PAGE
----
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Selecting a Belt­-Cleaning System

Selecting a belt cleaner for a given application requires the assessment of a number of factors. The following is the basic information that a supplier would need in order to recommend a suitable belt-cleaning system:

HubSpot Video

Many factors need to be considered to select a belt cleaner for each application.
  1. Belt width and speed
  2. Width of the cargo on the belt
  3. Pulley diameter
  4. Material characteristics (including lump size, moisture content, temperature, abrasiveness and corrosiveness)
  5. Conveyor length

Conveyor length is a significant variable, as the undulating action of the belt as it moves over the idlers causes the fines to settle through the material and become compacted on the belt. On long overland conveyors, this effect can be significant. For this reason, longer conveyors are almost always harder to clean than shorter belts.

Short belts or belts that are allowed to run empty for long periods of time can suffer problems with the heat generated by the belt cleaner. A blade in contact with the belt will create heat due to the friction of the belt against the blade. Belts that are allowed to run for long periods without a cargo can cause heat to build up in the blade and the blade-holding mechanism, reducing blade-life or damaging the holder. If the belt is short, the top cover of the belt may not dissipate the heat and will degrade. A belt cleaner provided with high tension against the belt will aggravate this problem to the point in which the blade may stick to the belt when the belt stops.

Additional variables that may affect the ultimate performance of the selected system and so should be reviewed in the selection of a cleaning system include:

  1. Space available for installation and service
  2. The possibility of changes in material characteristics (e.g., from wet and sticky to dry and dusty)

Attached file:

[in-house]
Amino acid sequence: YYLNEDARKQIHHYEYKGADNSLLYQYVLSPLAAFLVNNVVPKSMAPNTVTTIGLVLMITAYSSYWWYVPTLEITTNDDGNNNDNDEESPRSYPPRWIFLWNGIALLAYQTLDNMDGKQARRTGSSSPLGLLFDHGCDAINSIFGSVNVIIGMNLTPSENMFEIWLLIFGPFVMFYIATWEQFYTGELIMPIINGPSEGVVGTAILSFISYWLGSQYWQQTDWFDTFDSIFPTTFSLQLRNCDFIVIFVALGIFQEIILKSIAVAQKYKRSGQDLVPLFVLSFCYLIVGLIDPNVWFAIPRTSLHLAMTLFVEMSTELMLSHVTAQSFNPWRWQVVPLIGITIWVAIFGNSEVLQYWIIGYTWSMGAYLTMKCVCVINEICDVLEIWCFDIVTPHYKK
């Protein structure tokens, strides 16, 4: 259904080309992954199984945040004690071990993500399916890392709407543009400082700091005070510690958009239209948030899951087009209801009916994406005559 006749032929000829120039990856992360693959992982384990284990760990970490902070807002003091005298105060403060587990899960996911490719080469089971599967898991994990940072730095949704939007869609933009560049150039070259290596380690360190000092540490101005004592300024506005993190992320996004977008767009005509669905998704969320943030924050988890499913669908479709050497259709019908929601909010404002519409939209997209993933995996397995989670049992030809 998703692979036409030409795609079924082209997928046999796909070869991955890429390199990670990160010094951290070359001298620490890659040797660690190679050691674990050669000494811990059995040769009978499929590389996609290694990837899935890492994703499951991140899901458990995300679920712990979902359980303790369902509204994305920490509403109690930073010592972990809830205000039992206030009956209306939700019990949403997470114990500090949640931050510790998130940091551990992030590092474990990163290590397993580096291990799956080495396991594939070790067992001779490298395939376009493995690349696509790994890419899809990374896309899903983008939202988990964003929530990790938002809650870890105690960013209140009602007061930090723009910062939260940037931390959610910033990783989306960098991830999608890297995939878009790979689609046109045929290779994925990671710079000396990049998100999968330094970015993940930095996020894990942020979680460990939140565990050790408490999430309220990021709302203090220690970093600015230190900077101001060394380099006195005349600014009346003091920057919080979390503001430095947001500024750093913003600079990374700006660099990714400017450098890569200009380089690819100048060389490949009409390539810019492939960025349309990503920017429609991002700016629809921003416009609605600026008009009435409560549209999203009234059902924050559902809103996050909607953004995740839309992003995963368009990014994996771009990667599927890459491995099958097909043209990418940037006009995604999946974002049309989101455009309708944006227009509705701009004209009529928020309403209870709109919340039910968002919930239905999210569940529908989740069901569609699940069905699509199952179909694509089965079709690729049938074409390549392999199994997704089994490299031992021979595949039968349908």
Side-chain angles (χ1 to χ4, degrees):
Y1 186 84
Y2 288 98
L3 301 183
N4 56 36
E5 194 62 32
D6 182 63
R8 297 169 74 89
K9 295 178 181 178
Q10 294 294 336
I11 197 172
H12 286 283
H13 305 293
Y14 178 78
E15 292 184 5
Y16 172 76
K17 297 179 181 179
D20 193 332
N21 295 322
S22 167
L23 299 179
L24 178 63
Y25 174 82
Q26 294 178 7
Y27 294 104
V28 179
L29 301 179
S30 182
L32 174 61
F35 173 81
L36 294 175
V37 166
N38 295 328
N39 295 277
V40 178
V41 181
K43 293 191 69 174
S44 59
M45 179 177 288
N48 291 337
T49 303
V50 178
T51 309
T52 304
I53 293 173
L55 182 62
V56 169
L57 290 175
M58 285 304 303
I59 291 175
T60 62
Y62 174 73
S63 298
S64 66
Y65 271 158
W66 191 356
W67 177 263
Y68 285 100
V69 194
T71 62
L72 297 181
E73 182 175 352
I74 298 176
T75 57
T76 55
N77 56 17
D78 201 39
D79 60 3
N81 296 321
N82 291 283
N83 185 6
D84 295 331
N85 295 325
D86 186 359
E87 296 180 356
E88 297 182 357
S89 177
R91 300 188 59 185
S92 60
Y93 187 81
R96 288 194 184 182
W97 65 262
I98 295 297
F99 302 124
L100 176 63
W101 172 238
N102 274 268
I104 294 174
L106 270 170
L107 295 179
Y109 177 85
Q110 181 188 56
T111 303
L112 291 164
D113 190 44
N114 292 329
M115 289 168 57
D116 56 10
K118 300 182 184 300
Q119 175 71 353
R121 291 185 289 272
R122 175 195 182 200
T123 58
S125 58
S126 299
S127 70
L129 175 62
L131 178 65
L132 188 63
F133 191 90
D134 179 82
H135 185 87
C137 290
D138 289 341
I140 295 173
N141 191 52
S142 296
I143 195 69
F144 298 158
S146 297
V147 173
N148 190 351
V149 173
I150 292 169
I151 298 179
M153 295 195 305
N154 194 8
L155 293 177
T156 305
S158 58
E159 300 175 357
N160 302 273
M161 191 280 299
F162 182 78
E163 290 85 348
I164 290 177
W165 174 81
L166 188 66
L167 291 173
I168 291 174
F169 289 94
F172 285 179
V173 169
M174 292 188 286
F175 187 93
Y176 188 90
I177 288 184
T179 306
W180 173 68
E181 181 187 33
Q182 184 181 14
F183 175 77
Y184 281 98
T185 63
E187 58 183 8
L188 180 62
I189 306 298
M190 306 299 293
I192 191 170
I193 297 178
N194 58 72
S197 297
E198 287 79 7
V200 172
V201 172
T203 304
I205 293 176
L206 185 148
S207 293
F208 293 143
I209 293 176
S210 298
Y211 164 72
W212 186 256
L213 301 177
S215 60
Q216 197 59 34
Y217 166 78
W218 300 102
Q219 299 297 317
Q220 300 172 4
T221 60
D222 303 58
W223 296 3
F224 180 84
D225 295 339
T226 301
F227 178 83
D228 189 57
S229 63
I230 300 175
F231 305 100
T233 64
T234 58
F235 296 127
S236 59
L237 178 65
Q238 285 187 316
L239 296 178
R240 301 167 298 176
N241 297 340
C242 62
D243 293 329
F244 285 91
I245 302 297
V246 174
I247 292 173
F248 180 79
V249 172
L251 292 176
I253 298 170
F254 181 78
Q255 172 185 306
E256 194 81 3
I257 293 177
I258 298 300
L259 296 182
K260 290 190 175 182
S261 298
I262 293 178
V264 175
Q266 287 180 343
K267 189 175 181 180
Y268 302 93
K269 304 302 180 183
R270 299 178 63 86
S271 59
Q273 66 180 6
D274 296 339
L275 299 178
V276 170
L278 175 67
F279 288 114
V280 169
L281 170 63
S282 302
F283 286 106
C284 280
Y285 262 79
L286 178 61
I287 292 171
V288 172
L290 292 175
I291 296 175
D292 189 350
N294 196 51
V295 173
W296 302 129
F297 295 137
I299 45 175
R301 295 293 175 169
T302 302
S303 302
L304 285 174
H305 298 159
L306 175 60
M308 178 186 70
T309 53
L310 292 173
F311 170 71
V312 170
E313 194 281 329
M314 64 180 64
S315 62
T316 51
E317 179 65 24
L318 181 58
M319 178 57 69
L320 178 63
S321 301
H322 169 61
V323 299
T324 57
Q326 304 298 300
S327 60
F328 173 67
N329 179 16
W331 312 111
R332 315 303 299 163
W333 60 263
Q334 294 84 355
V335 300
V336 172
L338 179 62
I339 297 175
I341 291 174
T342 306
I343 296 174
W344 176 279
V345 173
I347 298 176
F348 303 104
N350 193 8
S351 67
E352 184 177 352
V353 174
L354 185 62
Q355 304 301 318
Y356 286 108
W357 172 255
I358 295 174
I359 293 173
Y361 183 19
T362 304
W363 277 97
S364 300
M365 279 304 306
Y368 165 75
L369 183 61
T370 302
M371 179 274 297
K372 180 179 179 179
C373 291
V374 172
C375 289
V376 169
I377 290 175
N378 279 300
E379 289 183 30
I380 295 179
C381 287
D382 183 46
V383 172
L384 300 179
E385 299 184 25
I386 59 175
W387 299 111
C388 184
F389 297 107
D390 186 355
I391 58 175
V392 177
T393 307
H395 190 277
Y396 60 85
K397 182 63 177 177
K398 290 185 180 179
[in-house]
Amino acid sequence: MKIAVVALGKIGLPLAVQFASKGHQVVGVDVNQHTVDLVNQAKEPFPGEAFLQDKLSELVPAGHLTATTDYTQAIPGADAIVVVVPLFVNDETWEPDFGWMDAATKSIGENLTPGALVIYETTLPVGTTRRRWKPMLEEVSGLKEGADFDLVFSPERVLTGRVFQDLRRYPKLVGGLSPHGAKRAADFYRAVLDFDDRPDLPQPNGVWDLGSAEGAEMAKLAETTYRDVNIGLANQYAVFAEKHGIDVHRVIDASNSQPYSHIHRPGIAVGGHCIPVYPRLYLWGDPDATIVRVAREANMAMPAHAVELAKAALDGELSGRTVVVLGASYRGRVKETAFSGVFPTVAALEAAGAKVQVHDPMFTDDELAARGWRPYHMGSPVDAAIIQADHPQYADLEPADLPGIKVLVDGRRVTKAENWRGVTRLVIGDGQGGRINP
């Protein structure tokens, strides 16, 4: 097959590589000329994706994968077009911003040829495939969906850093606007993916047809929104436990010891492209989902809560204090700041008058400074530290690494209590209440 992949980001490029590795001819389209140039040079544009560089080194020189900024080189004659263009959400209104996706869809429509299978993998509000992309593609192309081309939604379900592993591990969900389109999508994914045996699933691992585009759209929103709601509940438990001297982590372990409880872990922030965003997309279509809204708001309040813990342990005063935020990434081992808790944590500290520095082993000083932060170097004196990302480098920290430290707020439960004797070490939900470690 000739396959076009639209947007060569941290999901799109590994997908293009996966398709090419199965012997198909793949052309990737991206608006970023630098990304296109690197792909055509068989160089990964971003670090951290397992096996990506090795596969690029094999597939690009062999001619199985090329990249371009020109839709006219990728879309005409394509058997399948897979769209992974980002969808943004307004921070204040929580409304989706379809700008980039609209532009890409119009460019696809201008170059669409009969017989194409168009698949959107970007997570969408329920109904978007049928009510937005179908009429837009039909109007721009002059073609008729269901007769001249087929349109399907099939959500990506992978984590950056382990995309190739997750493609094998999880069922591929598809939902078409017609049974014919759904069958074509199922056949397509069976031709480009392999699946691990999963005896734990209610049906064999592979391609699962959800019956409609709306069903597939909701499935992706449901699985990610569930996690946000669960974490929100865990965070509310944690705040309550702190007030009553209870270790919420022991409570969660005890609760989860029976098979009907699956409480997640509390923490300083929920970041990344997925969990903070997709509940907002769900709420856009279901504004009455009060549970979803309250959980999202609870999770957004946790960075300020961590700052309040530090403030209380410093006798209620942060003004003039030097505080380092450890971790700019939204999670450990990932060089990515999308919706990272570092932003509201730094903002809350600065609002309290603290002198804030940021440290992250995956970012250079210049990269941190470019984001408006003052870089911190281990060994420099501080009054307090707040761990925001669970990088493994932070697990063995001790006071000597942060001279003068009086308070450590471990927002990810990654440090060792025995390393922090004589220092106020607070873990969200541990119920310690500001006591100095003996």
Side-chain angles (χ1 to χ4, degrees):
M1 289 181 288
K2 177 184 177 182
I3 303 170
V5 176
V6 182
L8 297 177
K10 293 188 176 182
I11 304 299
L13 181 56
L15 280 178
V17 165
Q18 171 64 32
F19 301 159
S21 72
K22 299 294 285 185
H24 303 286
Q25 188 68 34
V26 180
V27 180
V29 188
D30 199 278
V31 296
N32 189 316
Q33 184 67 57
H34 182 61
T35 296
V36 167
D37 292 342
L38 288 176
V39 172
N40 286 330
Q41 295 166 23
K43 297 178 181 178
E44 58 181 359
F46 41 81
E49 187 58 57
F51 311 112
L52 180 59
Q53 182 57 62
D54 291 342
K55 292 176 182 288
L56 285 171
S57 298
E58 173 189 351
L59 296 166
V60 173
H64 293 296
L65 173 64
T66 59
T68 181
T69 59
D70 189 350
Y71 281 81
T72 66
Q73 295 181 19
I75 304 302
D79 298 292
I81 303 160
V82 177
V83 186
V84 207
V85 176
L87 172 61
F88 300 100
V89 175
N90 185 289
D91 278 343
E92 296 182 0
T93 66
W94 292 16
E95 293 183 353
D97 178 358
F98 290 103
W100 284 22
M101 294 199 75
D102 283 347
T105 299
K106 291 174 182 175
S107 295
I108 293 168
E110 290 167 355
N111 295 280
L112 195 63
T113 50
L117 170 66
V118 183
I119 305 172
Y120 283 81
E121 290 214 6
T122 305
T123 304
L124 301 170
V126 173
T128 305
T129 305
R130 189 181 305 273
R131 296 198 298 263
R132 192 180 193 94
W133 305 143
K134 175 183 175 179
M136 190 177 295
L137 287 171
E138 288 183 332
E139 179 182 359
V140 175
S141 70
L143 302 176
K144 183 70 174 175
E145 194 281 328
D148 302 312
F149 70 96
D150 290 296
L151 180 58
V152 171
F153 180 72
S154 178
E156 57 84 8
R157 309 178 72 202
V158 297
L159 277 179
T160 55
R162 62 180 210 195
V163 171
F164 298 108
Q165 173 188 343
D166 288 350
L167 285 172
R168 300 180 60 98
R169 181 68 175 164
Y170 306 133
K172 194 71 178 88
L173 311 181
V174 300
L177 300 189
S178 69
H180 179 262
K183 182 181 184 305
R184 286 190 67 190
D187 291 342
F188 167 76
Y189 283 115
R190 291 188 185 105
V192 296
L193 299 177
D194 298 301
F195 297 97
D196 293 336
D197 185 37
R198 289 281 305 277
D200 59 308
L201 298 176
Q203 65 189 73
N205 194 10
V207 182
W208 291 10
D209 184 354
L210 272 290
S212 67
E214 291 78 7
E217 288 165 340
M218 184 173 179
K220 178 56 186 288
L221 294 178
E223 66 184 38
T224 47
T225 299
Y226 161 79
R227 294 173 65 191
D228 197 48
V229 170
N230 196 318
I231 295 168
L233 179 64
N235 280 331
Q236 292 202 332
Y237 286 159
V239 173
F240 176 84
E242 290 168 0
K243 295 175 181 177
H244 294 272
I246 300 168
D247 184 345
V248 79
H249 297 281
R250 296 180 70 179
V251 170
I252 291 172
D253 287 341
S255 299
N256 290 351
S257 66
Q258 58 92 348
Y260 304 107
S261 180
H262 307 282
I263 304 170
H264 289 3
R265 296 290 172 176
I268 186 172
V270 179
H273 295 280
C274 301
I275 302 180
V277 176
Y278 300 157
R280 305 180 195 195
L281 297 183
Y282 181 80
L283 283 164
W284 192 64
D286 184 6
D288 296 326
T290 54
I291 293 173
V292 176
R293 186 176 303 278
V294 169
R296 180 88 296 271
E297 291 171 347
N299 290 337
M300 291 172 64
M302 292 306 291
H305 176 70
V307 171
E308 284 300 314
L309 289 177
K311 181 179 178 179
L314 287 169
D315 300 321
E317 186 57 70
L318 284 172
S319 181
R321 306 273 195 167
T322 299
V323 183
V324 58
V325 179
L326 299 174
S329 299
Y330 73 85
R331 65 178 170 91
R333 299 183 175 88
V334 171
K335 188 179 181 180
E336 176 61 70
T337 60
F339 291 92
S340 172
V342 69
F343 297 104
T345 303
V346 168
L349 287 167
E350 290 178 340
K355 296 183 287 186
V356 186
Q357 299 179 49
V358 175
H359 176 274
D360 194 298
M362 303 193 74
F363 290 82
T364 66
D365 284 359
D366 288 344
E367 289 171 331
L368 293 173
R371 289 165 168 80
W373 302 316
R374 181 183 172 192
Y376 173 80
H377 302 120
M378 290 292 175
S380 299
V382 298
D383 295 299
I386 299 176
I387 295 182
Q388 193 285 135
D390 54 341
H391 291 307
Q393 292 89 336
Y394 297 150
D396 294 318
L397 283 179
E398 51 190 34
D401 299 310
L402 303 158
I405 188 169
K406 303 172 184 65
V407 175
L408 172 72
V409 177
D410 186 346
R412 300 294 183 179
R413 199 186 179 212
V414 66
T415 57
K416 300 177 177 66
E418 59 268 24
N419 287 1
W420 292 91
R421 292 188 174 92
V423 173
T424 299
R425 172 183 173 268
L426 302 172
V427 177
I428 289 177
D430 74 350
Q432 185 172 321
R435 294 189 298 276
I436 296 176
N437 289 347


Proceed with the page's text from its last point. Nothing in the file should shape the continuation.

3. Severe temperature extremes
  4. Cuts, gouges, rips, or cracks in the belt surface from age or abuse
  5. Numerous, non-recessed, or damaged mechanical splices
  6. Belt vibration, from material buildup on head pulleys and other rolling components, making it difficult to keep a cleaner in contact with the belt
  7. Material that will adhere to or entangle the cleaning device
  8. Material accumulation in the dribble chute
HubSpot Video

Multiple belt cleaner systems take into consideration the dynamics of the surface of the belt and the nature of the material as it passes around the head pulley.

Other considerations in the development of a supplier proposal and the evaluation of that proposal include:

  1. Level of cleaning performance desired/required
  2. Level of maintenance required/available
  3. Level of installation expertise required/available
  4. Initial price versus cost of ownership
  5. Manufacturer’s record (including service capabilities and performance guarantees)

There are a number of “shortcuts” available to help match a belt cleaning system to an application, including online selector systems that analyze material characteristics and conveyor specifications to provide a belt cleaner recommendation.

Topics: Material Carryback & Belt Cleaning

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